We had a great group of volunteers and more people came out than I expected. Actually, the rain had slowed down a lot until the end and we gave almost all the produce away (I still have lemons that will keep until next week and some broccoli raab and a few mustard greens).

On Friday in between the little rain we had I worked with two women that want to intern for the Free Farm Stand, Sarah and Ashly. We were at 18th and Rhode Island and planted a lot of hot pepper and tomato seeds in containers. We also helped take measurements for the site so David can produce an accurate map. One of the best things that we got done is that I met with David and Kevin and went over the planting strategy that Kevin had written up. I now have an idea of a lot of work that can be done there in future Friday workdays coming up. There is a lot to do in terms of preparing some spaces for potato towers and a perennial bed. And we can start planting carrots and other biennials perennials and possibly some annuals when we get seedlings. The next project is planting a few more trees: We have a white Sapote, some Asian Pears, and a Weeping Mulberry, and sometime later a couple of figs. Friday Feb 20 we will be doing some work preparing for sheet mulching onFriday Feb. 2oth and on Saturday Feb 21 we will be sheet mulching and planting trees.

Potato Towers

As people must know by now I am excited about planting potatoes this year and last week we built and planted four towers in 2 gardens. On Tuesday a few friends showed up at Treat Commons and we installed the tall wire mesh potato tower there. A lot of kids from the park came in the garden to help and they mixed up soil and mulch and added it to the tower. Later that day we went to the Secret Garden with the Jamestown Center kids and planted potatoes in trash cans with their bottoms cut off.

Someone asked me to describe how to build a potato tower and I explained to her that I was reluctant to get into it in this blog. First of all, I have never planted potatoes in towers before only in the ground. Pam Pierce’s book Golden Gate Gardening describes this in good detail and there is plenty of information on the internet and even videos of how to do this. Basically we are planting potatoes in what Pam calls “rings” made of mesh or another way is in trash cans with the bottoms cut off (placing the trash can on the ground bottom side up for stability). Last week we tried out what I call “the cover as it grows” method. We used both mesh and trash cans. We put a mixture of compost and rotted manure on the bottom of the towers and put them on top. We covered the potatoes with about four inches of a mixture of mostly wood chip mulch (what they call compost at Bayview Green Waste Management who will give it to you for free) mixed with a little soil. As the potatoes grow upward we will cover the stems (not the whole plant).The potatoes will eventually grow out the top of the tower (and if it is mesh it may need to be kept from growing out of it). Then when the potatoes die we will remove the tower and pick up the potatoes.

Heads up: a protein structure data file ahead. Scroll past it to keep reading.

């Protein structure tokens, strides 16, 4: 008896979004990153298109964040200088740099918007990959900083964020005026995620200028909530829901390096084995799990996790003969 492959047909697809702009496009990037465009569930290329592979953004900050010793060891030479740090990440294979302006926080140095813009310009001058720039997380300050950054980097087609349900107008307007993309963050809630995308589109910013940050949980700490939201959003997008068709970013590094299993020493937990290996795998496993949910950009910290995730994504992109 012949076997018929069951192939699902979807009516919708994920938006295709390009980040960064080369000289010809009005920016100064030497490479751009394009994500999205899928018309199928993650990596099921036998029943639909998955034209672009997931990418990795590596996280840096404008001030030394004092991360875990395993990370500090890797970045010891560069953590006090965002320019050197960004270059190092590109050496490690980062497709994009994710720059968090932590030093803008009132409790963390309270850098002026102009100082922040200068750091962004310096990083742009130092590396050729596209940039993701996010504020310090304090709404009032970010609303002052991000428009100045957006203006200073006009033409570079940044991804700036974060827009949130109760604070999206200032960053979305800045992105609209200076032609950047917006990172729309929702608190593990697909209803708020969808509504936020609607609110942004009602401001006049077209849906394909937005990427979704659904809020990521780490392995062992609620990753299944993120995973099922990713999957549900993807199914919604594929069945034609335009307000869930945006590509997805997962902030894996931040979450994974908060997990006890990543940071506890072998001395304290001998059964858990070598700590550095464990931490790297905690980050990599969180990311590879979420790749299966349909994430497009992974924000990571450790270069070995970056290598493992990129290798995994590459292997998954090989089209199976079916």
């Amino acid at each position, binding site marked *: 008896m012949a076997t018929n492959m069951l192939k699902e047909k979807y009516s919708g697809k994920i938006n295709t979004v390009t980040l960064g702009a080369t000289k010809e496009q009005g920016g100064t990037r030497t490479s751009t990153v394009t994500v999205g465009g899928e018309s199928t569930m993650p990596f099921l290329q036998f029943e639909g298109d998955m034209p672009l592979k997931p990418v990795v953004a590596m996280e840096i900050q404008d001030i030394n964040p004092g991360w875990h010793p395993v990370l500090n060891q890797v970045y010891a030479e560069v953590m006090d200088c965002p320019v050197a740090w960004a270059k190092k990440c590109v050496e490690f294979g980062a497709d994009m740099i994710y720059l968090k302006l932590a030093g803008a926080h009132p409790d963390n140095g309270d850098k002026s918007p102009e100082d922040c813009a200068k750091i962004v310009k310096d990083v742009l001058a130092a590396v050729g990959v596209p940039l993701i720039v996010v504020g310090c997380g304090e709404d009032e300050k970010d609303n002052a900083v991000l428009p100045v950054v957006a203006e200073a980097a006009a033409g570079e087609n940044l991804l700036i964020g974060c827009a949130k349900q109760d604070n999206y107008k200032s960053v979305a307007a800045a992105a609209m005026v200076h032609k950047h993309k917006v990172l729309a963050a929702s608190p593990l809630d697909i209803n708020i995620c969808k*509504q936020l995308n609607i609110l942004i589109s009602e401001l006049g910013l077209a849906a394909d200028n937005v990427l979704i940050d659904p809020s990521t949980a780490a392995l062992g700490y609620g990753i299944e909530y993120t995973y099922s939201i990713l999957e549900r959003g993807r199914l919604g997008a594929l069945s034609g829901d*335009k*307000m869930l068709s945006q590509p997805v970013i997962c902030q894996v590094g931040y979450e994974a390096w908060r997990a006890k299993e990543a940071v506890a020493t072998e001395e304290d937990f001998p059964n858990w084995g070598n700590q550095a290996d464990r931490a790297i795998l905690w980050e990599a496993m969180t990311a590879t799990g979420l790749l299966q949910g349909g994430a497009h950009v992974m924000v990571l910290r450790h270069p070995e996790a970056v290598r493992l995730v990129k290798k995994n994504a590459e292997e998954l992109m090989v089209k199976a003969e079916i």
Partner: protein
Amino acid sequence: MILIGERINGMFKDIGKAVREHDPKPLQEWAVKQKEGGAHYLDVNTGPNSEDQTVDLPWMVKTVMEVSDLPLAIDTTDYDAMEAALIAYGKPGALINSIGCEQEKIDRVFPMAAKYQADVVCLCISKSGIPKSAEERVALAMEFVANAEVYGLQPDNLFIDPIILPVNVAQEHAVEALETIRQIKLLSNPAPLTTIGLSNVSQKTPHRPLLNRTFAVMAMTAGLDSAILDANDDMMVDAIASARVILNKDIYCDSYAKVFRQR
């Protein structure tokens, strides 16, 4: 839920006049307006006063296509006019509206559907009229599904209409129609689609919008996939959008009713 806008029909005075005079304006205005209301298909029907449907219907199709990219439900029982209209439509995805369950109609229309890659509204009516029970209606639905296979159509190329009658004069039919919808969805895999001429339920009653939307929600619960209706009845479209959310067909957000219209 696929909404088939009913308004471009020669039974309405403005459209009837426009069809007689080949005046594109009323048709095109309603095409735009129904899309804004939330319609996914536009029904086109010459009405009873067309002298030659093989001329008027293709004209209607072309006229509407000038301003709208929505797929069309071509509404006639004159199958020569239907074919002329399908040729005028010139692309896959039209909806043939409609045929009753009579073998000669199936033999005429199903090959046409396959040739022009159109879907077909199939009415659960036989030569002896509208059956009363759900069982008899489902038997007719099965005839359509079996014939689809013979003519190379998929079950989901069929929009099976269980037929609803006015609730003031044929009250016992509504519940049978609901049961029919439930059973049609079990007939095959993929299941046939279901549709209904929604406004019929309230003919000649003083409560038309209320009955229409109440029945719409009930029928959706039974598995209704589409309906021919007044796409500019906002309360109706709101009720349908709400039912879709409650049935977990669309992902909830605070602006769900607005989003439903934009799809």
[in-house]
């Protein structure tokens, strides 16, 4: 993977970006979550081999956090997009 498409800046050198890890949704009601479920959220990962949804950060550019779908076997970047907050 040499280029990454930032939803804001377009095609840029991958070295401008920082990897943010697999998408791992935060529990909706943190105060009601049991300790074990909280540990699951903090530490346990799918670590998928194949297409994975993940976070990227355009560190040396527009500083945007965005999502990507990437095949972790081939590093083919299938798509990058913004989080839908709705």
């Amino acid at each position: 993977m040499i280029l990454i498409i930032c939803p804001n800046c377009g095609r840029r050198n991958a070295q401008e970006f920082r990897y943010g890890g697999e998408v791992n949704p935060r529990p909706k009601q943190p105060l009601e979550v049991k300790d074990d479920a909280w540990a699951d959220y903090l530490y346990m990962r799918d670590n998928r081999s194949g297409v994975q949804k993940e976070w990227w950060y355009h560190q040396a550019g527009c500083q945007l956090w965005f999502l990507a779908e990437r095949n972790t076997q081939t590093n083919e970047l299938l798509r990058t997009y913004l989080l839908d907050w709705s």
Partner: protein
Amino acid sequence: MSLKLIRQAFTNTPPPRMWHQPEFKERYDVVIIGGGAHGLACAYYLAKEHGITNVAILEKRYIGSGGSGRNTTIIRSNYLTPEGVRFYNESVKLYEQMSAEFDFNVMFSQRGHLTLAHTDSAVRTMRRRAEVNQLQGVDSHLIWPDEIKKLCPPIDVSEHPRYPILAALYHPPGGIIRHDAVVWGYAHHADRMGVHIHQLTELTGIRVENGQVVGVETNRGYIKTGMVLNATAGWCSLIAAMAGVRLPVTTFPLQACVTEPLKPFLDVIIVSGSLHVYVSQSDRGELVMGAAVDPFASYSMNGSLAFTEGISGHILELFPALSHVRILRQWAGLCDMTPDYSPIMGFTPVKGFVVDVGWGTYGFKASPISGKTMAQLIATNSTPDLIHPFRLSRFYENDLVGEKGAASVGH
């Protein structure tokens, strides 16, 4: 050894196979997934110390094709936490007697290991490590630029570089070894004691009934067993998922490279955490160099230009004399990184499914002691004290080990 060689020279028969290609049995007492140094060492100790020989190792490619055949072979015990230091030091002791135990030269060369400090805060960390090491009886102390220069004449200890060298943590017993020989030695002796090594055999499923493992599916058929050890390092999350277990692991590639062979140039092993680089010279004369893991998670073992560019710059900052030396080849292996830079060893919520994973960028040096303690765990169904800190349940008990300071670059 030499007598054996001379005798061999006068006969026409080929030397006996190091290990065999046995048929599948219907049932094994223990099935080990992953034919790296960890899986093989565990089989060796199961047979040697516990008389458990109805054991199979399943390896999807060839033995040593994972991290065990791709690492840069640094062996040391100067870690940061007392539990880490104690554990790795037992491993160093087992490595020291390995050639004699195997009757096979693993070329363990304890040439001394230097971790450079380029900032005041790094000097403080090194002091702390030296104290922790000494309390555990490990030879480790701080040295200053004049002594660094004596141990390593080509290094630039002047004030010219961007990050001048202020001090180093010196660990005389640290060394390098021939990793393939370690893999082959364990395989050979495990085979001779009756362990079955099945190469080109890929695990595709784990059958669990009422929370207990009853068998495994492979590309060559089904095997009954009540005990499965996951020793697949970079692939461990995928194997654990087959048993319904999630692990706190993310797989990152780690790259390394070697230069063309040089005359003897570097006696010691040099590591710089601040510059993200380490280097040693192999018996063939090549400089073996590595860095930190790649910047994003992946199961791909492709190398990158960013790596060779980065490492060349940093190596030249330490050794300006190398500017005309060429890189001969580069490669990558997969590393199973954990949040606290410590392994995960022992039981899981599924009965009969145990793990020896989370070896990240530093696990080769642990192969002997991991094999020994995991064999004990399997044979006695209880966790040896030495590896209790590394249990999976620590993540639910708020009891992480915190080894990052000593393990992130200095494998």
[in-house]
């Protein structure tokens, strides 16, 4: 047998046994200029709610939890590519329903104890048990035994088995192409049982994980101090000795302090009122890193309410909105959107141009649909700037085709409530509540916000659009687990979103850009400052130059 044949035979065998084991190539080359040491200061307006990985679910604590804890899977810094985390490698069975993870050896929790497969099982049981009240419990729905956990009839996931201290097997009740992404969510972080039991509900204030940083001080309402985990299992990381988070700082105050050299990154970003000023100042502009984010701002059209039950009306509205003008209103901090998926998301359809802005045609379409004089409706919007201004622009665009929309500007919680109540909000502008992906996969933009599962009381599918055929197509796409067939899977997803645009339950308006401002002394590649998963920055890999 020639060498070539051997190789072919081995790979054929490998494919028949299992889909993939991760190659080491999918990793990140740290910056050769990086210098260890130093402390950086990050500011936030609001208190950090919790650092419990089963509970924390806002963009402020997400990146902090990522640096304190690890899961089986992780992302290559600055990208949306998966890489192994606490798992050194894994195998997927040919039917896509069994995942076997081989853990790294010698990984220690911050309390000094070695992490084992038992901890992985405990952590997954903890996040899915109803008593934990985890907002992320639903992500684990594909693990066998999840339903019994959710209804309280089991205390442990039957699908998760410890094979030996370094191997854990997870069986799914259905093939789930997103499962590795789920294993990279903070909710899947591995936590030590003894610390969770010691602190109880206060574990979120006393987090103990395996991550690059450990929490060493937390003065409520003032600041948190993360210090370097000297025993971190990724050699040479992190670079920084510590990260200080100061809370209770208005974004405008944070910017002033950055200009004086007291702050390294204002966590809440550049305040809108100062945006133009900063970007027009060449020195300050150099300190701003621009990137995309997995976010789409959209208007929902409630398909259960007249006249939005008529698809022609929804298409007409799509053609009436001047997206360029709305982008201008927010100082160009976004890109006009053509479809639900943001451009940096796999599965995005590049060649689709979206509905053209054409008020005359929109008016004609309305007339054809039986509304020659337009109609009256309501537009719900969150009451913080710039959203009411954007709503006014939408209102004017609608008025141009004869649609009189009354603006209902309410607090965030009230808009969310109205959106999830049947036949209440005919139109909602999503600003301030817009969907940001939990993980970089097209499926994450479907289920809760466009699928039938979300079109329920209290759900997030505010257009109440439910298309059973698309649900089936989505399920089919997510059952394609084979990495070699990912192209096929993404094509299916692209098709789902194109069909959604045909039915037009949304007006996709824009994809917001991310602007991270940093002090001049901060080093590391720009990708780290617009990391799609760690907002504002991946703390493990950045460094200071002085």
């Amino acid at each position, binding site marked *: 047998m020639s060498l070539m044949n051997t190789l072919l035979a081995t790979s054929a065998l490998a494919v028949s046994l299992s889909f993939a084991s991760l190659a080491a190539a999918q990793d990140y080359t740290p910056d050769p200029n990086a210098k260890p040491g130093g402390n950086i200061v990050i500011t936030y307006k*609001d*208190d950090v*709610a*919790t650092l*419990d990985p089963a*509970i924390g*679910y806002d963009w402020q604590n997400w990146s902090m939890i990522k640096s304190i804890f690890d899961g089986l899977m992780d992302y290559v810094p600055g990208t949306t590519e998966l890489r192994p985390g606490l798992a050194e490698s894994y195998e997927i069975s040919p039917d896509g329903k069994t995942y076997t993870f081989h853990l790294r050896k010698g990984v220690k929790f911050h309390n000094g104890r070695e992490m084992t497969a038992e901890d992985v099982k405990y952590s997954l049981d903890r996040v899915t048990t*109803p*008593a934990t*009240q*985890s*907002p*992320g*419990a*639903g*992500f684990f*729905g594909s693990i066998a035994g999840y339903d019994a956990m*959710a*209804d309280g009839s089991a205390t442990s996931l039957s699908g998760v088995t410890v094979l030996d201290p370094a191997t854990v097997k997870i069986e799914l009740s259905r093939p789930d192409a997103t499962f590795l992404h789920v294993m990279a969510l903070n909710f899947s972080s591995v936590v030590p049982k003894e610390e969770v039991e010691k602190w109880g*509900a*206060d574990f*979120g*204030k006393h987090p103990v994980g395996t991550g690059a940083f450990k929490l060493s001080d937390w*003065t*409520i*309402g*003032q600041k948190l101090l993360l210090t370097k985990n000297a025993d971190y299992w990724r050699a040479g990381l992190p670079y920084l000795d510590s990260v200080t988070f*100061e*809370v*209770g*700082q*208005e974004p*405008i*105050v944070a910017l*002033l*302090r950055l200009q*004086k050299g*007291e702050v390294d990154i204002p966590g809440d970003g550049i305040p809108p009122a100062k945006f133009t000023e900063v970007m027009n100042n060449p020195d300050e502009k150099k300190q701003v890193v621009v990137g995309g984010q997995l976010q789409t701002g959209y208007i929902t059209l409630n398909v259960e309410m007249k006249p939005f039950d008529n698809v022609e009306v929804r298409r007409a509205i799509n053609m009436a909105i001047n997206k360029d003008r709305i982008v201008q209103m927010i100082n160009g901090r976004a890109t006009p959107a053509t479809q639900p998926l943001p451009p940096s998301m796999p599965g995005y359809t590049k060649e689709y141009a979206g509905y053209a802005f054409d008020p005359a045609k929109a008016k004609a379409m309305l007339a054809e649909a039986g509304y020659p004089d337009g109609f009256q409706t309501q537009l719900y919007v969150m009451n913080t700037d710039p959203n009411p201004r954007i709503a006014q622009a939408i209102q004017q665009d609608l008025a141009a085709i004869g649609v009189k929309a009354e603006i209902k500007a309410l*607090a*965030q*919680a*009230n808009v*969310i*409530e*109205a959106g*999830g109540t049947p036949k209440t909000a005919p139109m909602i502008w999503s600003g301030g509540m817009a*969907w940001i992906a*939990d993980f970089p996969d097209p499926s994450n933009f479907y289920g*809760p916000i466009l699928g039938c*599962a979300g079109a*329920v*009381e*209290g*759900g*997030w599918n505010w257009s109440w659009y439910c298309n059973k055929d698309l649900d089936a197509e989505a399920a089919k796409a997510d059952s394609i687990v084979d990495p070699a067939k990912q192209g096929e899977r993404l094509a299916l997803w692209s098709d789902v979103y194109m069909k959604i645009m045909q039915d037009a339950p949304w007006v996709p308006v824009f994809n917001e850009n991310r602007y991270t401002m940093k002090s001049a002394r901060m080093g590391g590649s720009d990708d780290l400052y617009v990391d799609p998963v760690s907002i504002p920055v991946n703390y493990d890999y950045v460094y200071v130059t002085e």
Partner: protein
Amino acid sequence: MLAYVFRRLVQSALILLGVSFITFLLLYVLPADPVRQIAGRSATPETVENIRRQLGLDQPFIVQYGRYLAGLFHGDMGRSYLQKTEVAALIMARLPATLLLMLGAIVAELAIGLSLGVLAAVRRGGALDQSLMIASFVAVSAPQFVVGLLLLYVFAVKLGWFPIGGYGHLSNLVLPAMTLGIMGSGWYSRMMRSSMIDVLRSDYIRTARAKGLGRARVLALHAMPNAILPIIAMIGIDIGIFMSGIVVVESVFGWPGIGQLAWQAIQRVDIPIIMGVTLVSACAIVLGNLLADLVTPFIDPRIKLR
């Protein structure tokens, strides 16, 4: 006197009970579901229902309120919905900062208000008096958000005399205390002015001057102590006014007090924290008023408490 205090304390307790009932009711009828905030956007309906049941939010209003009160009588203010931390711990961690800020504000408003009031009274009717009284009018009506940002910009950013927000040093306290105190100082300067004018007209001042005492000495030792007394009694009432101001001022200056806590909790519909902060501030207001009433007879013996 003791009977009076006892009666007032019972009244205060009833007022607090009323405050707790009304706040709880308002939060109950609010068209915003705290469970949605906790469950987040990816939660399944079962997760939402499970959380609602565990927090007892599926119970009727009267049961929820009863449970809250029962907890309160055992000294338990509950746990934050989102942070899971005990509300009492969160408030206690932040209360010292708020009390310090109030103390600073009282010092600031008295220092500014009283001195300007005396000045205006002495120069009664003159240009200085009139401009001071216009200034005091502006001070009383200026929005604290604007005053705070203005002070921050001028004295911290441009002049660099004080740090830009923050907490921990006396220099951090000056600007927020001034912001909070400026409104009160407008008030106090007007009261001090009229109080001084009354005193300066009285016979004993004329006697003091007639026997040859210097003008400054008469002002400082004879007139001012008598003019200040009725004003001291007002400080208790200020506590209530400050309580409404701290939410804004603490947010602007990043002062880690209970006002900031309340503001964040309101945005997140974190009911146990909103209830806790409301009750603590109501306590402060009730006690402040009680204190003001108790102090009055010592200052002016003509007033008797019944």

With the lasagna method we will plant the potatoes all at once in layers of potatoes and woodchip compost mixed with soil. The potatoes will grow out the mesh. I have heard we will have a lot more potatoes this way but they will be small. Tuesday afternoon if it doesn’t rain we will plant more towers and one will be using the lasagna method. We may have potatoes by the end of May.

Planting Gardens Project

Besides the new gleaning project about to take off (the fliers are almost out), the idea of helping our neighbors put in gardens and offering mentoring advice is about to fly too. I think we have two volunteer interns that want to help make this happen and we might call a meeting soon of people that may want to help out. The idea is to maintain a list of people in the Mission that need help putting in a garden in their yard and to every week get a group of volunteers who will show up with the stuff needed to make a garden. At first we may need to just offer advice or seedlings, maybe at a well staffed table at the Free Farm stand, it all depends on what supplies we can come up with. The idea is to help establish a neighborhood network of people growing food in their yards and sharing the surplus with each other at the stand. Please contact me if this is something you want to help out with and would like to attend a meeting.